children on a farm.
No doubt the primary and essential use of barns is for children to play in; and we might go still farther and say that one chief use of farms is as out-door nurseries and school-rooms for the same little people.
The farm in question must of course be one where the air is good, the drainage sufficient, and, above all, the farmer good-natured.
He must be generous about his barn, not particular about his hay-loft, tolerant as to hen-roosts and raspberry-bushes, but secluded and reserved as to the disposal of pitchforks and hay-cutters.
The farmer's wife also needs to be of a very magnanimous nature, not merely as to large appetites and soiled feet-for these, it is to be presumed, she has always with her --but as to the armfuls of fragrant rubbish that the children bring in with them from the fields and forget to clear away again, or the tree-frogs which are placed under tumblers for a time and then accidentally let loose in the parlor.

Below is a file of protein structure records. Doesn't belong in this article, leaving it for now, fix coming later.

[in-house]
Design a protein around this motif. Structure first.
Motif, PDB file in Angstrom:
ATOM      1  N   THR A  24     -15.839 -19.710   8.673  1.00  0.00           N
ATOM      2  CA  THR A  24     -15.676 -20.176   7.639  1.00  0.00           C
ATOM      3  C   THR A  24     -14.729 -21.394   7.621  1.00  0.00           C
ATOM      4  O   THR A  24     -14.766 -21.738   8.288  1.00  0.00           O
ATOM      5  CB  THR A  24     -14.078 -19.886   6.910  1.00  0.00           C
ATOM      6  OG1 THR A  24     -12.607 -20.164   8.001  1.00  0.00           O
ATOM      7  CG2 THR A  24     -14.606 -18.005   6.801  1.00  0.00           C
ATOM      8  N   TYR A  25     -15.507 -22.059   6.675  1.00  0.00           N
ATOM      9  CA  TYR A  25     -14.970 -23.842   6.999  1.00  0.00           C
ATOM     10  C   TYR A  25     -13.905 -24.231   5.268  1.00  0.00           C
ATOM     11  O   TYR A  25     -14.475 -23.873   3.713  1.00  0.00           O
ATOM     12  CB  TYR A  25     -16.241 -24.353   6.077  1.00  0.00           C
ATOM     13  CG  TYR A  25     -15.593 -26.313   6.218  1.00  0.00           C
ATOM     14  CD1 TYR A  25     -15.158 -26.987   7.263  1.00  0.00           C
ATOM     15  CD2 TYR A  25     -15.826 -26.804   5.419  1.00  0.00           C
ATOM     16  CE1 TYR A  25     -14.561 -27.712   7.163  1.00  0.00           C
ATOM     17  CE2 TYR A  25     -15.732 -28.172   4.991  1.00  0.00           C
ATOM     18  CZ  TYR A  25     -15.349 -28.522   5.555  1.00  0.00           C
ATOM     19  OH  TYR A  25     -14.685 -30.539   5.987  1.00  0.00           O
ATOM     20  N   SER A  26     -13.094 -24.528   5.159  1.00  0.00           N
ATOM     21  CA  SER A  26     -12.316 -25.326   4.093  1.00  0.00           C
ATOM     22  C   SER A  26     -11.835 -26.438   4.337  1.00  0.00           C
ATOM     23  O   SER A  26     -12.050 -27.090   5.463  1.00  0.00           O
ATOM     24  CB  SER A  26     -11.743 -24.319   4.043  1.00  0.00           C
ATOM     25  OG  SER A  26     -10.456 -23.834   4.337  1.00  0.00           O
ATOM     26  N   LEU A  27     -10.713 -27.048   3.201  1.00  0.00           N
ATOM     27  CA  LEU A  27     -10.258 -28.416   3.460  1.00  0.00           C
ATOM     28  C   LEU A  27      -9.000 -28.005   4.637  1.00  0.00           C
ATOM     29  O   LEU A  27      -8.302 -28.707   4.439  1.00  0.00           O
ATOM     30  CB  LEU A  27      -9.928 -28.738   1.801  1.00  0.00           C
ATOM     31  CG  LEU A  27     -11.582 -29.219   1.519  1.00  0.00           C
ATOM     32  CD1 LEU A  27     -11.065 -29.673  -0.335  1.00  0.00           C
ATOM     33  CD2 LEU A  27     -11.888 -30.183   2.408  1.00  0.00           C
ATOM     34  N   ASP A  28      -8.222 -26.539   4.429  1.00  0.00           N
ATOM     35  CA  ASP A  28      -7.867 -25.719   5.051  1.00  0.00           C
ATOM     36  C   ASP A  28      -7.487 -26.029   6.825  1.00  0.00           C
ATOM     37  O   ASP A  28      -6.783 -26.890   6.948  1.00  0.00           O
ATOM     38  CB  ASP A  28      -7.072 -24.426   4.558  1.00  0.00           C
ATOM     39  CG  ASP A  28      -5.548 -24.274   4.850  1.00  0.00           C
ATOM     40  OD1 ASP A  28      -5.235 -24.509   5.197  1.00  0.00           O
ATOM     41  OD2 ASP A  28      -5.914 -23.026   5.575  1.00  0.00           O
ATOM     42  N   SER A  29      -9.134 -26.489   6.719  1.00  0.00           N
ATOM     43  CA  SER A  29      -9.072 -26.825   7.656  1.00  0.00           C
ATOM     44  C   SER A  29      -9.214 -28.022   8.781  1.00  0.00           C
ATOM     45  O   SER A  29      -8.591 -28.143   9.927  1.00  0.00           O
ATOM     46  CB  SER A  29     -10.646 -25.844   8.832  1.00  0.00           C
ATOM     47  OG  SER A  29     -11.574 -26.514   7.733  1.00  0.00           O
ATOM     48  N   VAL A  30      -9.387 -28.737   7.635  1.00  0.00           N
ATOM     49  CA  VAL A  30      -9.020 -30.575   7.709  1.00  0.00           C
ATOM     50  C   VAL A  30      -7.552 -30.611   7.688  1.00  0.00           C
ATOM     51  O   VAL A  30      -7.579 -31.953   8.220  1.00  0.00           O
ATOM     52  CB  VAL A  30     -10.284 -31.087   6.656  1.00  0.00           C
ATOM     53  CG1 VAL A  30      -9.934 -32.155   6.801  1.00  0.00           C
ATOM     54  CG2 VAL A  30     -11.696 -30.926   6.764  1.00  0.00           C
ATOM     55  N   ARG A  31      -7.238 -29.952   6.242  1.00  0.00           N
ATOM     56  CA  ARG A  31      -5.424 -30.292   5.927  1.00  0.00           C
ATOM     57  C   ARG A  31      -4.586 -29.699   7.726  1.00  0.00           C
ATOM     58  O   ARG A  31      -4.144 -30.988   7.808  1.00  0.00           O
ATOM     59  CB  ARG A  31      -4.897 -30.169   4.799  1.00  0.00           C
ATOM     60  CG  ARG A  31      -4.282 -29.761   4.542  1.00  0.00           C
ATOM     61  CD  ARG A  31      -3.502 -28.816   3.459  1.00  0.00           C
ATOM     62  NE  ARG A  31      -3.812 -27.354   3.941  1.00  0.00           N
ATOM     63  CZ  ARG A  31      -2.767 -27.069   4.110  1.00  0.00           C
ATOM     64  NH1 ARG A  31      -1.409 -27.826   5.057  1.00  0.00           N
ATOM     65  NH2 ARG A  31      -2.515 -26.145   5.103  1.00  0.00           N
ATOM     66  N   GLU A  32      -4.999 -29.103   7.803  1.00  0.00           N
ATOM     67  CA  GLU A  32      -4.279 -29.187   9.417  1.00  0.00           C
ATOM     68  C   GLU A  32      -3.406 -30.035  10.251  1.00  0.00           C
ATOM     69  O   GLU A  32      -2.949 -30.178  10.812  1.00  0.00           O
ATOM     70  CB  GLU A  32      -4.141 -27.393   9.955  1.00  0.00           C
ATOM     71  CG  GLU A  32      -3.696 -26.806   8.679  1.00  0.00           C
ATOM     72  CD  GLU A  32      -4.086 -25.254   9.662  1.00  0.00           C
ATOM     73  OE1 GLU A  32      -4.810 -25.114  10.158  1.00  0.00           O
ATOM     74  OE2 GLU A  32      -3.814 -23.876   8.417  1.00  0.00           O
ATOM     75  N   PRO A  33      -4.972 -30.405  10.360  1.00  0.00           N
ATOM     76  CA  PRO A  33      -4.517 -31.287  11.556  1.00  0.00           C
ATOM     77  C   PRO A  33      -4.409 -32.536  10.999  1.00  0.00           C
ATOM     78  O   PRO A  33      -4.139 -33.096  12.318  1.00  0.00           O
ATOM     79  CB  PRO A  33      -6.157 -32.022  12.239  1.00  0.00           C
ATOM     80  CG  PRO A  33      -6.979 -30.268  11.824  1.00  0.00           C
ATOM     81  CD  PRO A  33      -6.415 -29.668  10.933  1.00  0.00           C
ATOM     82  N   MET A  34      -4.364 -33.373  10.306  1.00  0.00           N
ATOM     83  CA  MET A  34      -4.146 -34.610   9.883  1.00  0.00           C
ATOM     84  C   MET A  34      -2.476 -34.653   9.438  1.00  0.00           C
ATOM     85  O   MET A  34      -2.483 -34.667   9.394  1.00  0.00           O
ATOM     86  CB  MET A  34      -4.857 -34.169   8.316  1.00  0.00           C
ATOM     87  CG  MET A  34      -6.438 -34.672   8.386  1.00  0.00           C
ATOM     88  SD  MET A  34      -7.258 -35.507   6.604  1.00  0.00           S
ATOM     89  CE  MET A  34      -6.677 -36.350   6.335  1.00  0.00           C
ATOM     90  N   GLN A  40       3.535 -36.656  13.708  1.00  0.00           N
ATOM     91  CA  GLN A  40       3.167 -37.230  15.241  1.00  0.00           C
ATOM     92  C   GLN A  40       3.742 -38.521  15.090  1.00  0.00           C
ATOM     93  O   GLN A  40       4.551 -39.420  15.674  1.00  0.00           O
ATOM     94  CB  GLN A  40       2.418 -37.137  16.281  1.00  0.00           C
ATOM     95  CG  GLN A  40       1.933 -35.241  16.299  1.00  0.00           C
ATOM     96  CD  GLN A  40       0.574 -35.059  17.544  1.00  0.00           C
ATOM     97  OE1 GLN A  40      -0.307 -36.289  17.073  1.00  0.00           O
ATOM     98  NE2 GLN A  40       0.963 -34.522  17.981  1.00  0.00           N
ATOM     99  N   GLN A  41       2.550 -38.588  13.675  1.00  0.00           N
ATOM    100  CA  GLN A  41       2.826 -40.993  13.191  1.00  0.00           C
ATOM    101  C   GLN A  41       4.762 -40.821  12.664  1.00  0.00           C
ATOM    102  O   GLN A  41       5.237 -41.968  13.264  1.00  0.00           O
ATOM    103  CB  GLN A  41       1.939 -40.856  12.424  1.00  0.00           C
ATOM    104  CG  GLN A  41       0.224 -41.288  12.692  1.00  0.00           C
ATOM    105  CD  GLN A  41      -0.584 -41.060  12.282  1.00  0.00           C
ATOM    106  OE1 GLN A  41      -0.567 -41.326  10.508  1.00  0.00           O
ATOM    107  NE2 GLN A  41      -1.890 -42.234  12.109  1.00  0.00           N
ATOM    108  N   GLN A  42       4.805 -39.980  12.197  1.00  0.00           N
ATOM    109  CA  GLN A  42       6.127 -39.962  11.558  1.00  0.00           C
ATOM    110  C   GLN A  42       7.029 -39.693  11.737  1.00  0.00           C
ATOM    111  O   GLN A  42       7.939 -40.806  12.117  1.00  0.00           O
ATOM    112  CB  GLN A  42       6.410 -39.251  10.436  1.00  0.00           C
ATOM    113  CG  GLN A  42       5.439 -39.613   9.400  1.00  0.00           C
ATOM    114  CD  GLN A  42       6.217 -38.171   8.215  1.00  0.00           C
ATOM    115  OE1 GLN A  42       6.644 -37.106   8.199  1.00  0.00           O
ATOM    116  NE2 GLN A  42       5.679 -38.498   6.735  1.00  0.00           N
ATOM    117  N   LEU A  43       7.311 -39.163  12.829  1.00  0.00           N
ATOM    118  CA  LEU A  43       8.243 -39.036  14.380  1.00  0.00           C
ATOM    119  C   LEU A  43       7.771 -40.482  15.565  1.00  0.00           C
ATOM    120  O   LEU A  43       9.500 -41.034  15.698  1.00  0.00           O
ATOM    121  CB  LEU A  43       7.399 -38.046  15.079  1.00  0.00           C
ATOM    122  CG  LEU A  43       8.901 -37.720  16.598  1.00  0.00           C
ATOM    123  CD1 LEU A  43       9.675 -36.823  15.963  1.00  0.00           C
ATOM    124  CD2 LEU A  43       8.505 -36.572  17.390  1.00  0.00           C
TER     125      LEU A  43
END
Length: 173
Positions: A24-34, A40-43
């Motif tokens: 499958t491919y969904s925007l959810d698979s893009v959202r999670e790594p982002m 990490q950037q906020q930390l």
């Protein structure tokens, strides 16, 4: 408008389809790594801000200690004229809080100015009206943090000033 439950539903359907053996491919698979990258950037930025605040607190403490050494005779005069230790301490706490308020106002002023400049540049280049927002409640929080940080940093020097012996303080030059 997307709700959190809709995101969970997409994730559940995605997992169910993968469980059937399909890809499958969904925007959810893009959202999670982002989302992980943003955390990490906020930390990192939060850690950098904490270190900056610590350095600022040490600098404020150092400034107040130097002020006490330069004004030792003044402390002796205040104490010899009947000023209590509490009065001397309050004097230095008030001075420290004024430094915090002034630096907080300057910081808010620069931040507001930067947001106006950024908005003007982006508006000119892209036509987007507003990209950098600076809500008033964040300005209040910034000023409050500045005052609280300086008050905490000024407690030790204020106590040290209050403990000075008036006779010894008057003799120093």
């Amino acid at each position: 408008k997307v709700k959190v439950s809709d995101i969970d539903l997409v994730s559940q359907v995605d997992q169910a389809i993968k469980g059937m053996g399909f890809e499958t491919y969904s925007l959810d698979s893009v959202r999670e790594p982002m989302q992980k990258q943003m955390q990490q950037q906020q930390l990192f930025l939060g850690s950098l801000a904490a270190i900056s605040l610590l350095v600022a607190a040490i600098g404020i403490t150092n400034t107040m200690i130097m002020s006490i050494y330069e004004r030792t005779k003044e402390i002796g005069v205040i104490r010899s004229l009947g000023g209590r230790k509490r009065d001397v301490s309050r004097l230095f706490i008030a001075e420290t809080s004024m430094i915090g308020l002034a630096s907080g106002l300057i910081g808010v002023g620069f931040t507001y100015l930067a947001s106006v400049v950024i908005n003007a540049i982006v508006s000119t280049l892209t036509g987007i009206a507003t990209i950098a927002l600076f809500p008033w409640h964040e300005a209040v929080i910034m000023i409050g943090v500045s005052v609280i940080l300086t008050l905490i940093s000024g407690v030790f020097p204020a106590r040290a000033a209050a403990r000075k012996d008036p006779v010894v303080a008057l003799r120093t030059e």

If caterpillars' nests are unacceptable in the apple-trees, they are still less welcome in the sitting-room; and after the